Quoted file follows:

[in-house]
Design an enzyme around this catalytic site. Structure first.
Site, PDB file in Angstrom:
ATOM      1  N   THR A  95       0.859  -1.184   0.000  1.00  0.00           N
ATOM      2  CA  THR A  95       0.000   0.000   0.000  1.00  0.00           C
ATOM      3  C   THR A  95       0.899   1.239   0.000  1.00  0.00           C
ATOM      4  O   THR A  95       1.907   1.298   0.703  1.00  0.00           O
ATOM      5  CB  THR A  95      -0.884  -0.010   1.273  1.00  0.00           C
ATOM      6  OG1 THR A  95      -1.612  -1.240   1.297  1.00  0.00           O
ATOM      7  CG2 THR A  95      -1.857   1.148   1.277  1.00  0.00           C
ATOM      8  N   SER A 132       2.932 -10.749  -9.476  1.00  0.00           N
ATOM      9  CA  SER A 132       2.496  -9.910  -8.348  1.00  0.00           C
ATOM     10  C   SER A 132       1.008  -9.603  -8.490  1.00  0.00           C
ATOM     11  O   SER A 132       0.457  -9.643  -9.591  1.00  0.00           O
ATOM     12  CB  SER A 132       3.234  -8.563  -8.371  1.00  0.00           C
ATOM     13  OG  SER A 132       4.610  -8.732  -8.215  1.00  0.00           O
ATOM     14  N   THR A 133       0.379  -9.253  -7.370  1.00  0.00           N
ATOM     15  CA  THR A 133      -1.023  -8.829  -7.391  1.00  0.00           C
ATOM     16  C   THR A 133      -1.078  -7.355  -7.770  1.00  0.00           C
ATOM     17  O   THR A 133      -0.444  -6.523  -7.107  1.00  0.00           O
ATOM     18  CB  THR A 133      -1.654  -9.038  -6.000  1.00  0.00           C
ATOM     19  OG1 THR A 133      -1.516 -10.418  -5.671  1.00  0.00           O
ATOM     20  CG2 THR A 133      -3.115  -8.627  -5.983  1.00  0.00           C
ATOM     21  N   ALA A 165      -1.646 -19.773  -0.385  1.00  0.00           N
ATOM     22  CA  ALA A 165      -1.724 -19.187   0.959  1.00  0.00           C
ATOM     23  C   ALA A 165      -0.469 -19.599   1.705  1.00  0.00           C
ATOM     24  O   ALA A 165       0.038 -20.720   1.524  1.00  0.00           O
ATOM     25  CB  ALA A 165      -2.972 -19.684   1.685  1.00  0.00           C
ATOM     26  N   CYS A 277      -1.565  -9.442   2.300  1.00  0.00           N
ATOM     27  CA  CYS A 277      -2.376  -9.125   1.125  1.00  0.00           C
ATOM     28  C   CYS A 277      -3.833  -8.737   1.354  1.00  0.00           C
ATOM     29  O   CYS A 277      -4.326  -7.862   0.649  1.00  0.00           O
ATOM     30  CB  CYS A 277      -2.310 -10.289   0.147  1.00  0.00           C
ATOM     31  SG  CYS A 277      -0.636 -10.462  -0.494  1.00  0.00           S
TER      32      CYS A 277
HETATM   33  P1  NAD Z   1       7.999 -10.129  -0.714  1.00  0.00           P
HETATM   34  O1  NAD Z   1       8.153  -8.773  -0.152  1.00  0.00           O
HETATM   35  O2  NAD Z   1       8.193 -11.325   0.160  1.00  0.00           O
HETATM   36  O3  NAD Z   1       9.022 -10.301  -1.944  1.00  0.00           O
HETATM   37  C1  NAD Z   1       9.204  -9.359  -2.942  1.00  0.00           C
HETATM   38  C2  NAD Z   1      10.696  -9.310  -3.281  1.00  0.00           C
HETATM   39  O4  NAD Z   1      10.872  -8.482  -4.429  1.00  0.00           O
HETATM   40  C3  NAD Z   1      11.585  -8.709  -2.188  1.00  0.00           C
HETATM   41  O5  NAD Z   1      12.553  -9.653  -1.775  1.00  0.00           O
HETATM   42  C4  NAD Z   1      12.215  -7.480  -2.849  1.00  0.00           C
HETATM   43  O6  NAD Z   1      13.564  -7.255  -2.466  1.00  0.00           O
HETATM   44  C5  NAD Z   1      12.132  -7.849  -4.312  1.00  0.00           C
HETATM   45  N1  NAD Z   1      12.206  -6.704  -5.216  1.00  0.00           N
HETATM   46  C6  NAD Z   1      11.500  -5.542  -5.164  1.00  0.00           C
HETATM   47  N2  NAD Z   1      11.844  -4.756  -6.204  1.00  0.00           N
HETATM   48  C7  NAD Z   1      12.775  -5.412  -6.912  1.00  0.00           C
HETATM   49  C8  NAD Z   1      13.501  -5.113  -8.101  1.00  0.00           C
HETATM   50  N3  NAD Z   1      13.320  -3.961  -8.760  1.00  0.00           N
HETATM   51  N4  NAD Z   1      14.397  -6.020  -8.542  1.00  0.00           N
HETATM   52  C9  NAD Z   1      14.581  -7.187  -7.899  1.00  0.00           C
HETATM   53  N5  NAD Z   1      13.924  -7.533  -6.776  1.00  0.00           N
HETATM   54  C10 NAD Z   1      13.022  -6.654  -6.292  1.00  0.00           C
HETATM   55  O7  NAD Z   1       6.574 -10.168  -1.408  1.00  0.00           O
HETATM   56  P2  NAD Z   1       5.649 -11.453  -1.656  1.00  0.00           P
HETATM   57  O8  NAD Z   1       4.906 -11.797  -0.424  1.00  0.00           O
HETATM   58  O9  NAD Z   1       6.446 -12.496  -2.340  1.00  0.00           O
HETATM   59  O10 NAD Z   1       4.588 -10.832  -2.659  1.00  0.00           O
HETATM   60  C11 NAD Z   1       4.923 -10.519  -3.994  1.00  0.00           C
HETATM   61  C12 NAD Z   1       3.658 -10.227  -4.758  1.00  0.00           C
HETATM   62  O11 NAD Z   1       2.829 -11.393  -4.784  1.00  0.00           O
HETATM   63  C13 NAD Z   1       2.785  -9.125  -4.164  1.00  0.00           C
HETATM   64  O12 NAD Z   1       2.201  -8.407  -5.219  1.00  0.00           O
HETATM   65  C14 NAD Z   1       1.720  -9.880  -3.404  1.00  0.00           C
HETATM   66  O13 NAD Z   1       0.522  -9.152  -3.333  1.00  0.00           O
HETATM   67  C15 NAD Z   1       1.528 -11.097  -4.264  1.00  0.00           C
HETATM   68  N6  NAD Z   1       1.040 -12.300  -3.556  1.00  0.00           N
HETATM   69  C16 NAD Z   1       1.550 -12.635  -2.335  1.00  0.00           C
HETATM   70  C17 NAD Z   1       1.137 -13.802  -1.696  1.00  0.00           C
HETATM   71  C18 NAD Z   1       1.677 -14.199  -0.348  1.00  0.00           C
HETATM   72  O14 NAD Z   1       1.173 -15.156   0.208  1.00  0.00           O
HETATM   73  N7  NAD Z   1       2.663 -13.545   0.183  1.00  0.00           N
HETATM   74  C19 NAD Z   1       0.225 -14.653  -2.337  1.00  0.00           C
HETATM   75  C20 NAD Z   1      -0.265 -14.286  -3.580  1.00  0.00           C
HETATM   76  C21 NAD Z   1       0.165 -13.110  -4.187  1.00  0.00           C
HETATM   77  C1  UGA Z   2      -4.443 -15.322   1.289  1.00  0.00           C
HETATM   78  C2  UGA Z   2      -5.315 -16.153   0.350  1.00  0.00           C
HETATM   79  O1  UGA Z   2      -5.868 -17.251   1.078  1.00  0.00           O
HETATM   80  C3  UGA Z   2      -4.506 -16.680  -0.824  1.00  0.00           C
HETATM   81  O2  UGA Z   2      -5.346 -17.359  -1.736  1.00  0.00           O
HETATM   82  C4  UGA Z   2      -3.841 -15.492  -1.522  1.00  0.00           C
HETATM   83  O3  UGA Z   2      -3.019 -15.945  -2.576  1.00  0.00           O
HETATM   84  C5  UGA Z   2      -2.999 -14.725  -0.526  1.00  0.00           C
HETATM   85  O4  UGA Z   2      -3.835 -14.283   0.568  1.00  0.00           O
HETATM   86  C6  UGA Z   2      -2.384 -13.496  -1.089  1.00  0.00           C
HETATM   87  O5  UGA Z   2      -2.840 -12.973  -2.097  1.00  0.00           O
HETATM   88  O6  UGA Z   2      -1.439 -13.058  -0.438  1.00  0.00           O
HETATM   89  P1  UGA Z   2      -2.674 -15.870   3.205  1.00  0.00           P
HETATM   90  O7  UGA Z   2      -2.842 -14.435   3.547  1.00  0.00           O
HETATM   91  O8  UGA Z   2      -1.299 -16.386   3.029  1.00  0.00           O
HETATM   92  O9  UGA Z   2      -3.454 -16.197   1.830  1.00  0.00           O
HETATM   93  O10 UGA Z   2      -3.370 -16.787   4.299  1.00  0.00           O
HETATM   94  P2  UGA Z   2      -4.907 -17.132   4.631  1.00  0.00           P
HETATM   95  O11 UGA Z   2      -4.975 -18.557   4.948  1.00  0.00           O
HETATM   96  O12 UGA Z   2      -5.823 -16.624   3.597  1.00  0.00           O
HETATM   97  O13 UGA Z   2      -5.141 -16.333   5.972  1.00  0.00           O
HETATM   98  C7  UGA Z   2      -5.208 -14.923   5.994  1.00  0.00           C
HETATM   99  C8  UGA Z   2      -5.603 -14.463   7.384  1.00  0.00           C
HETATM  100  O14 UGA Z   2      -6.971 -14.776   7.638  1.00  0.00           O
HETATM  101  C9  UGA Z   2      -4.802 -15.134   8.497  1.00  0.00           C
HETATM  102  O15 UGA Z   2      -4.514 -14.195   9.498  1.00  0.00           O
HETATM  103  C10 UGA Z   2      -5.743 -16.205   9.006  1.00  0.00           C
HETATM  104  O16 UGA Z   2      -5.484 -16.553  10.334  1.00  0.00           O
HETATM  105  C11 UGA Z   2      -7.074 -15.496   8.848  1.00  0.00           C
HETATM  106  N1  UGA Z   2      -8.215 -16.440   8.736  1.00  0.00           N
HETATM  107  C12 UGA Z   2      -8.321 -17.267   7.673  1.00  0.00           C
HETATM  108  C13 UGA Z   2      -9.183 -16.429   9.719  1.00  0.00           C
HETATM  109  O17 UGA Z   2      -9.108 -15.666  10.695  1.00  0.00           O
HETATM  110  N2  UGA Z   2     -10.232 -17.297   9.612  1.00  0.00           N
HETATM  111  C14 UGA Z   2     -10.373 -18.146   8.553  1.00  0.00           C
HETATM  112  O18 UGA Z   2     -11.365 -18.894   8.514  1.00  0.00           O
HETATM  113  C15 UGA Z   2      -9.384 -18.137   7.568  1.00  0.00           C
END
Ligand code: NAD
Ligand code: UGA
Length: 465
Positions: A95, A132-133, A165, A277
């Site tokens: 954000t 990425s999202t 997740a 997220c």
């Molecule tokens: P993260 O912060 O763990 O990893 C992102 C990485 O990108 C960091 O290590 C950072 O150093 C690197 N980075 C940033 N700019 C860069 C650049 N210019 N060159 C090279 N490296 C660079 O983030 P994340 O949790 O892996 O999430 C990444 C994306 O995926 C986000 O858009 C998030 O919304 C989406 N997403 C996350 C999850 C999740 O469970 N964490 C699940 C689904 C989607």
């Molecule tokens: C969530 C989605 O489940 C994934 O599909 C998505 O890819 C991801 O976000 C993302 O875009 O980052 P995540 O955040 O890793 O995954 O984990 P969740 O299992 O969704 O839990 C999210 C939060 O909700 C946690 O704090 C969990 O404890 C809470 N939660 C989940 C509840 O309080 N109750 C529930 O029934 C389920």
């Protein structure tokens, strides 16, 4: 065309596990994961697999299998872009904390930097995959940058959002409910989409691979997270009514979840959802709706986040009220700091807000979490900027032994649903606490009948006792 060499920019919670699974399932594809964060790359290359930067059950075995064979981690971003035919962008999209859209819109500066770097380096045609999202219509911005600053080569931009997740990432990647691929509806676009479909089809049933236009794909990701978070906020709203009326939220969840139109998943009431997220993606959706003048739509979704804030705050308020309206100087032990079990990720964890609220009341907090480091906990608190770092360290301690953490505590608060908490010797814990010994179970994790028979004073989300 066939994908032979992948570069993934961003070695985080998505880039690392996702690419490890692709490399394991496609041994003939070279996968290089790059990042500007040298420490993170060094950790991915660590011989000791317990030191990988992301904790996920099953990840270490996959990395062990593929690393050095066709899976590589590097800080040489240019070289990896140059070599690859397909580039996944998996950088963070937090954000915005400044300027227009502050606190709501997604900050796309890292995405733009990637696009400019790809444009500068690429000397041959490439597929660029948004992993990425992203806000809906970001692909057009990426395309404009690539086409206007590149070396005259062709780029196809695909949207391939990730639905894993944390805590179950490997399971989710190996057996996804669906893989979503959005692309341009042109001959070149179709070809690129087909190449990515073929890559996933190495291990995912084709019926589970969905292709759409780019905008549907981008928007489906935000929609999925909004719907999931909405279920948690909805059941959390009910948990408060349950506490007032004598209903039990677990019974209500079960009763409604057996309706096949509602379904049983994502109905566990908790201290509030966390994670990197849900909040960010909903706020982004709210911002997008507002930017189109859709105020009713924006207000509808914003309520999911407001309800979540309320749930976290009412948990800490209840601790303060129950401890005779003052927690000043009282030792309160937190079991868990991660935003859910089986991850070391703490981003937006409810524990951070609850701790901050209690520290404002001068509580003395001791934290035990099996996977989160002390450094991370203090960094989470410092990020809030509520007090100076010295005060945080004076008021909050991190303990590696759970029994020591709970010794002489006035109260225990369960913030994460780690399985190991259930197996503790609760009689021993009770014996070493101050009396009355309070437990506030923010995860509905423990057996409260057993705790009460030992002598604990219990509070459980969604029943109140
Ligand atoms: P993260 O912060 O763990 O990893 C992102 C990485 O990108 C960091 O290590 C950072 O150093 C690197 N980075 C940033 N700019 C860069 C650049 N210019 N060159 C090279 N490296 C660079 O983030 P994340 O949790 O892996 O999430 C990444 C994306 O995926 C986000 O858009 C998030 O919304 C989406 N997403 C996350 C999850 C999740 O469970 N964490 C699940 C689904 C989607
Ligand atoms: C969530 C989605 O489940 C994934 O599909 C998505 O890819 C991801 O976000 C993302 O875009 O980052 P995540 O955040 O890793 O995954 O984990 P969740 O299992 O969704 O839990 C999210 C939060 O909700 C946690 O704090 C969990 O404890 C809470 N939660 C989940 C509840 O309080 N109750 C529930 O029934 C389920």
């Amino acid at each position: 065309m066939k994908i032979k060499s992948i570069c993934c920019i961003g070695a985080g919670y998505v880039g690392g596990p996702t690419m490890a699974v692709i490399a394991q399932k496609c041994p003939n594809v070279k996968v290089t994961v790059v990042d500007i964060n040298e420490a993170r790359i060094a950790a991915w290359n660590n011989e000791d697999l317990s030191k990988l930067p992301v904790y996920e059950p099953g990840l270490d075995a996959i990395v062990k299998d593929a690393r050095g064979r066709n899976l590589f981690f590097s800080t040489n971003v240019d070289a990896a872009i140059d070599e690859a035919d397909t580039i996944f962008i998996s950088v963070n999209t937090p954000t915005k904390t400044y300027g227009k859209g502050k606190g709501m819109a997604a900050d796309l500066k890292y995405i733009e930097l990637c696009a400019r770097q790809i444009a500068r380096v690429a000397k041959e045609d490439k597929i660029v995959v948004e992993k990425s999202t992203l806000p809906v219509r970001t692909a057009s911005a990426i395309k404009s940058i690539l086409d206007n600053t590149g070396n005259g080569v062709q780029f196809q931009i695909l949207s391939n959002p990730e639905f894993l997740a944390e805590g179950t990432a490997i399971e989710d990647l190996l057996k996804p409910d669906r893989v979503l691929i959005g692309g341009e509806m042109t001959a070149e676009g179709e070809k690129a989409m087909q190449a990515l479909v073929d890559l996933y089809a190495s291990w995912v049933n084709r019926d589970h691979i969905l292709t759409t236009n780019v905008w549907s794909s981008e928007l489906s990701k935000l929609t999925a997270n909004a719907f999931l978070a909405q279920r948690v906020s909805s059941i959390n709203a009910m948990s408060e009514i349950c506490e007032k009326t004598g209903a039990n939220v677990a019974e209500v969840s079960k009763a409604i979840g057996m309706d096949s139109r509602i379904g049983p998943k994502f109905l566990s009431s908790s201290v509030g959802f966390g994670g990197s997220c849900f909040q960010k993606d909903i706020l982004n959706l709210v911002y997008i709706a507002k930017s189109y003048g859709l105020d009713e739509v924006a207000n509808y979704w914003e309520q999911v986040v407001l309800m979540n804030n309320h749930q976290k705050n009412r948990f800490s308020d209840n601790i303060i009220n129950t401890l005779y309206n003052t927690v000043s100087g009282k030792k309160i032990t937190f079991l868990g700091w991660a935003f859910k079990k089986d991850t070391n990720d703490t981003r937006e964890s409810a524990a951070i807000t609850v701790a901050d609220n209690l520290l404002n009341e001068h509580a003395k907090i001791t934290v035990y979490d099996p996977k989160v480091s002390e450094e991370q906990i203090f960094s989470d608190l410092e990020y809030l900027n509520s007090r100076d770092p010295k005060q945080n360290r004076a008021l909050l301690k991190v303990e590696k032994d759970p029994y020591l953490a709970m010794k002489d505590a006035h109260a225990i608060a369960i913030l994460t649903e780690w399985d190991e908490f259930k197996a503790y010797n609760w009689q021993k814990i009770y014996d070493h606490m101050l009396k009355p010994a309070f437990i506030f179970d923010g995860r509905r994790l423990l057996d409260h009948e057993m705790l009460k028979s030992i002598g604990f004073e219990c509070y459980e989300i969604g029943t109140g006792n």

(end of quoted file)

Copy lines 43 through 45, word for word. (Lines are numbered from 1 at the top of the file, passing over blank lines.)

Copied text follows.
HETATM   40  C3  NAD Z   1      11.585  -8.709  -2.188  1.00  0.00           C
HETATM   41  O5  NAD Z   1      12.553  -9.653  -1.775  1.00  0.00           O
HETATM   42  C4  NAD Z   1      12.215  -7.480  -2.849  1.00  0.00           C